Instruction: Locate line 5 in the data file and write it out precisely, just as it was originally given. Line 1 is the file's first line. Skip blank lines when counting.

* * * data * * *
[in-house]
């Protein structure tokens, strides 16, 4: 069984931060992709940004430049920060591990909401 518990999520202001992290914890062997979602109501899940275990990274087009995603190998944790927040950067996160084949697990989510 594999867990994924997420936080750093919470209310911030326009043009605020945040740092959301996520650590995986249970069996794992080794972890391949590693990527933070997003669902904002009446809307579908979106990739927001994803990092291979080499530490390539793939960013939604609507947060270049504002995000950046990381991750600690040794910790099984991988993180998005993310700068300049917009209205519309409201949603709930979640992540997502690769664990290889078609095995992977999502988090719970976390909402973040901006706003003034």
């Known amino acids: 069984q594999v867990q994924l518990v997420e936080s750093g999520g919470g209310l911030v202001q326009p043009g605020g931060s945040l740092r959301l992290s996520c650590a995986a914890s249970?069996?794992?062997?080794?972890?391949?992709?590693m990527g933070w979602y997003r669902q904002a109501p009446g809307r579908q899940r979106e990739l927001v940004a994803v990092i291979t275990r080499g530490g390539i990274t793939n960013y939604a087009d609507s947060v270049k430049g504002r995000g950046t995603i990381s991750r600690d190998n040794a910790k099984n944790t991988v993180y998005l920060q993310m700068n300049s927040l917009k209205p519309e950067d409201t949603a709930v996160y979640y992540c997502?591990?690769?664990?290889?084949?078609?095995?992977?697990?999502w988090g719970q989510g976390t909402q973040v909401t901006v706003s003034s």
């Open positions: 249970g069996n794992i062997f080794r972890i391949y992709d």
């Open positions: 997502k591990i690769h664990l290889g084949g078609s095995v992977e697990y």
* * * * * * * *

């Open positions: 997502k591990i690769h664990l290889g084949g078609s095995v992977e697990y």